"If you're a writer, and you're not an asshole, you want the maximum number of people to read your stuff. There's nothing wrong with that. There's no great glory in cultivating some niche audience. I do this work because I believe in what I'm doing. I'm not trying to compromise my principles or my standards to get a larger audience. But once I've written the thing of which I feel confident and proud, which I feel is ethically and journalistically sound, I then want the maximum number of people to read it."
Thanks to TinyLetter for sponsoring this week's episode.
- [9:15] "Congress's Watch Dog: The General Accounting Office" (Washington Monthly • Nov 1989)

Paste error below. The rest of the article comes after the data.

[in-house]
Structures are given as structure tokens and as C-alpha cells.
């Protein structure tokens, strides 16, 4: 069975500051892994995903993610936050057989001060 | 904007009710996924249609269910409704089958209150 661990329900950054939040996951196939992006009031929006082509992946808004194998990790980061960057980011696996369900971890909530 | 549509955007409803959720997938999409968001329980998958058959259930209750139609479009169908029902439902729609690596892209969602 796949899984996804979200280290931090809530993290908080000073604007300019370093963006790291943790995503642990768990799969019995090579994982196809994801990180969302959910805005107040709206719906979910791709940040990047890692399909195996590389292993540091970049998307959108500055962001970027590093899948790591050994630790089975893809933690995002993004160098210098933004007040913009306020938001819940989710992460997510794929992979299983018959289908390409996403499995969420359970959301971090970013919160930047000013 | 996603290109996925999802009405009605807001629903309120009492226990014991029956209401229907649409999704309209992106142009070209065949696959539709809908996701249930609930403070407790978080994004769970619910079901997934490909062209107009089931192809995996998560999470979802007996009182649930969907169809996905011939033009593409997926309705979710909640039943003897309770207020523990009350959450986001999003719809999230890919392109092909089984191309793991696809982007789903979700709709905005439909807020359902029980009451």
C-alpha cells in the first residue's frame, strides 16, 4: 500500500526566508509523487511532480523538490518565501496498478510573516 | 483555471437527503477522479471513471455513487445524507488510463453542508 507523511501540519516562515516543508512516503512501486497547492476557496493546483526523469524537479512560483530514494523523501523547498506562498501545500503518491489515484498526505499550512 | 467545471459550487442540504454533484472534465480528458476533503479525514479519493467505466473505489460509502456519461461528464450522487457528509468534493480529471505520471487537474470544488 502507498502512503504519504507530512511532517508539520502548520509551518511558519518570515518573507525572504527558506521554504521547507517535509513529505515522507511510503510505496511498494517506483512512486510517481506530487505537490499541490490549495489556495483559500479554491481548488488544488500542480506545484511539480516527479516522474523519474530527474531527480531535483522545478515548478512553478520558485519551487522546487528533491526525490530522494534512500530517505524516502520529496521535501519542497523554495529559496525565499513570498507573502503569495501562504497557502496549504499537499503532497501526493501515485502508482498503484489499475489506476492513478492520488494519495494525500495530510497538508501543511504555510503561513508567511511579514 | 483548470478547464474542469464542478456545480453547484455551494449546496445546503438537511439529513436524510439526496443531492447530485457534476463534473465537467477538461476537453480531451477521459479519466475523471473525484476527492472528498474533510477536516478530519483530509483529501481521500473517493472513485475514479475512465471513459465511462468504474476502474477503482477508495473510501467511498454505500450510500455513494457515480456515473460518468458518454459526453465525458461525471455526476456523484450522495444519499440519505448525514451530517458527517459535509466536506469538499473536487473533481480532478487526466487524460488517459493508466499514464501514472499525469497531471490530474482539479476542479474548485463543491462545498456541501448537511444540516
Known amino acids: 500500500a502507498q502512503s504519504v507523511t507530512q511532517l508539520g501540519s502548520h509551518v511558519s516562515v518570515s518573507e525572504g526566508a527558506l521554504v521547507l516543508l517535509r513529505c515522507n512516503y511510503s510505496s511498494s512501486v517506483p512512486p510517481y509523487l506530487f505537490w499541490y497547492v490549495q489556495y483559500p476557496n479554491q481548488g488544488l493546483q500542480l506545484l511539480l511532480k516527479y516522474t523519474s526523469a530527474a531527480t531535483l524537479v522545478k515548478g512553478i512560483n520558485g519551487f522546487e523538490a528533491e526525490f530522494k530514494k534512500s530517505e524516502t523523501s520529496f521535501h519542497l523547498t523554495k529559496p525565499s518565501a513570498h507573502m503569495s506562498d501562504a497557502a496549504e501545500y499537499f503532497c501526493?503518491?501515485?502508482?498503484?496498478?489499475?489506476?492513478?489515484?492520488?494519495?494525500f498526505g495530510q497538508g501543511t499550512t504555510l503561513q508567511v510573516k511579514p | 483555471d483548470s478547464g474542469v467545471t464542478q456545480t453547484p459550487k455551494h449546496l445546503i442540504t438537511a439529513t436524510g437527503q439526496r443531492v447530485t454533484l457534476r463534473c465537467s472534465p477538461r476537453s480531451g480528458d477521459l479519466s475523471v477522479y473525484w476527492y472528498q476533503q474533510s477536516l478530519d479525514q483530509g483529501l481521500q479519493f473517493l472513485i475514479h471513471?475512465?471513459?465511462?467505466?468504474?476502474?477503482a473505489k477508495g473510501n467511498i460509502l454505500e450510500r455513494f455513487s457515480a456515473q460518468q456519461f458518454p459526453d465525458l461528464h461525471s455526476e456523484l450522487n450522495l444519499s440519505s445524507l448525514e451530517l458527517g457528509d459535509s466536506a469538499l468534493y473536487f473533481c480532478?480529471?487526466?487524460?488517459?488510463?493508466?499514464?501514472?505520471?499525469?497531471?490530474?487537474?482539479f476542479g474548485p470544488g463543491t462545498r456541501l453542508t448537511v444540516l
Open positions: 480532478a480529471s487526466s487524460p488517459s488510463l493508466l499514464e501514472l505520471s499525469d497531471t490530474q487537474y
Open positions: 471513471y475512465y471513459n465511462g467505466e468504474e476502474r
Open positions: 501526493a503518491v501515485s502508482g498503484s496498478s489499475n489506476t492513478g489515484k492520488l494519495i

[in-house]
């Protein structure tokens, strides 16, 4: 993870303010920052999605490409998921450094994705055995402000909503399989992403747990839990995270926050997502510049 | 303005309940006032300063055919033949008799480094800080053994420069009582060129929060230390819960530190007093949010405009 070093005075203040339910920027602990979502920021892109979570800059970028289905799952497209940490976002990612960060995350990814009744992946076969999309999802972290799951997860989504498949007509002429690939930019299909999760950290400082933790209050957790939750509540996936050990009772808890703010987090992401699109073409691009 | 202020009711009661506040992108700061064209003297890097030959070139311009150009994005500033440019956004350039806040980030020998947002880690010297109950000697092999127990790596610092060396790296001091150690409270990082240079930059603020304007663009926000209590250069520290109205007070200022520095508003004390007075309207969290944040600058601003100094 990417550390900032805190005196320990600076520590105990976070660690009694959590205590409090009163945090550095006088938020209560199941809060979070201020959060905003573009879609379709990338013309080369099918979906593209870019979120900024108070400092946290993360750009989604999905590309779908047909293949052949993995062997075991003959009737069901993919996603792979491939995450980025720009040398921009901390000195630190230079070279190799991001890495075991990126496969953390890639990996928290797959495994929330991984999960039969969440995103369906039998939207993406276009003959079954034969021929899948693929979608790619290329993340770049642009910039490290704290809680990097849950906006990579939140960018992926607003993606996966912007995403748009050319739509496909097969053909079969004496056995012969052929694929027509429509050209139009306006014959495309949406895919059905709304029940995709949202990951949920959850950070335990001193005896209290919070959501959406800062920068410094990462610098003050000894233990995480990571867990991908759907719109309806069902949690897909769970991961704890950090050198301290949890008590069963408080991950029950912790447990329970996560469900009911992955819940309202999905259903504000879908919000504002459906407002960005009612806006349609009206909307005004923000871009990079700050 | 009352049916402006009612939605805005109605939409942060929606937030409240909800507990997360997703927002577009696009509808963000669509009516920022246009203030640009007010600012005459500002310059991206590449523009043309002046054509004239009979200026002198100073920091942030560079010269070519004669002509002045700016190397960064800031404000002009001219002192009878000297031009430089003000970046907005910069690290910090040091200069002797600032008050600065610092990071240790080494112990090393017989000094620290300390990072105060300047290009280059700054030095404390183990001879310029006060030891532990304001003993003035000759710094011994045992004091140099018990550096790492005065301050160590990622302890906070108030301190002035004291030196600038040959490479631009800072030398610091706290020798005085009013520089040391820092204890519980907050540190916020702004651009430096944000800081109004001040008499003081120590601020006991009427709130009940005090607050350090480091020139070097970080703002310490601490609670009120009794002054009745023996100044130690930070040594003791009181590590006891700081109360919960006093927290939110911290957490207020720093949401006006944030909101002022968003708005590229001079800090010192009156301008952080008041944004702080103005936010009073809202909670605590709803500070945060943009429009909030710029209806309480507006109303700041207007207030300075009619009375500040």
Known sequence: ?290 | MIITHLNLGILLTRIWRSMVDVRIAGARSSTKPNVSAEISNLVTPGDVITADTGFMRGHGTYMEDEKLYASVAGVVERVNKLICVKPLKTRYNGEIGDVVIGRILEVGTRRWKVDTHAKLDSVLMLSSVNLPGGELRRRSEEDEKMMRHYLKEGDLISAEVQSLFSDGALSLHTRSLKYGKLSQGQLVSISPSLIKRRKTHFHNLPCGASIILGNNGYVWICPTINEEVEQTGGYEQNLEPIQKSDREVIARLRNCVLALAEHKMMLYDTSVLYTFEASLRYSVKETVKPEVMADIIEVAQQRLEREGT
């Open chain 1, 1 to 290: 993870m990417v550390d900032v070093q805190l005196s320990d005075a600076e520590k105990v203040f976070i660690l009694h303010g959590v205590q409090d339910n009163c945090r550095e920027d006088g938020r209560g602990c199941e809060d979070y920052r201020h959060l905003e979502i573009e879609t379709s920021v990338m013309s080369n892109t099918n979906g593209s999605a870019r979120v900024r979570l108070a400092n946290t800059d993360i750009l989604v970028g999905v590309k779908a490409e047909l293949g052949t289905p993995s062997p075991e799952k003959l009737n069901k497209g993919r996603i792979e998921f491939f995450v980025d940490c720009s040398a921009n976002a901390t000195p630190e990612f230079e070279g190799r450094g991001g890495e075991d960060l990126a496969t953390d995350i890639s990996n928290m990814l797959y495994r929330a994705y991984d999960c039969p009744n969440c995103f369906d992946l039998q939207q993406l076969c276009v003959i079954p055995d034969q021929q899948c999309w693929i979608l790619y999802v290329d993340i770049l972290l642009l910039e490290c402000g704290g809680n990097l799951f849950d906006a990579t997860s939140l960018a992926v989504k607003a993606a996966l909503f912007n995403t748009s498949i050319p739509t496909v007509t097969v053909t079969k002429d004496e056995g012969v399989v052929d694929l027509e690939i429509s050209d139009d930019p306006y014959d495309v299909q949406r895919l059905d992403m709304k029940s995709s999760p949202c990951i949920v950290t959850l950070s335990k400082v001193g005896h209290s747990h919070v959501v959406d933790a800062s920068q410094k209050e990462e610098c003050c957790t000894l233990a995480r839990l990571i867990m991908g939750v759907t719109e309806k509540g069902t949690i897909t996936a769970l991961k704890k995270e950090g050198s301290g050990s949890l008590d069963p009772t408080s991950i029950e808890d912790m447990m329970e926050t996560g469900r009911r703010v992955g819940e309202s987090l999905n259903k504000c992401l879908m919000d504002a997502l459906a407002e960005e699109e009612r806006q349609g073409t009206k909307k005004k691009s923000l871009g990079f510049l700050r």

- [23:15] "Can the BBC Be Saved?" (Wired • Mar 1994)
- [24:00] Heilemann's New Yorker archive
- [33:00] "The Networker" (New Yorker • July 1997) (sub req'd)
- [34:30] The Valley
- [35:00] The Reckoning (David Halberstam • 1986)
- [37:00] "The Truth, The Whole Truth, and Nothing But the Truth" (Wired • Nov 2000)
- [41:30] The Pride Before the Fall (2001)
- [44:00] "The Power Grid" archive
- [44:45] "The Choir Boy" (New York • May 2005)
- [48:00] What It Takes (Richard Ben Cramer • 1992)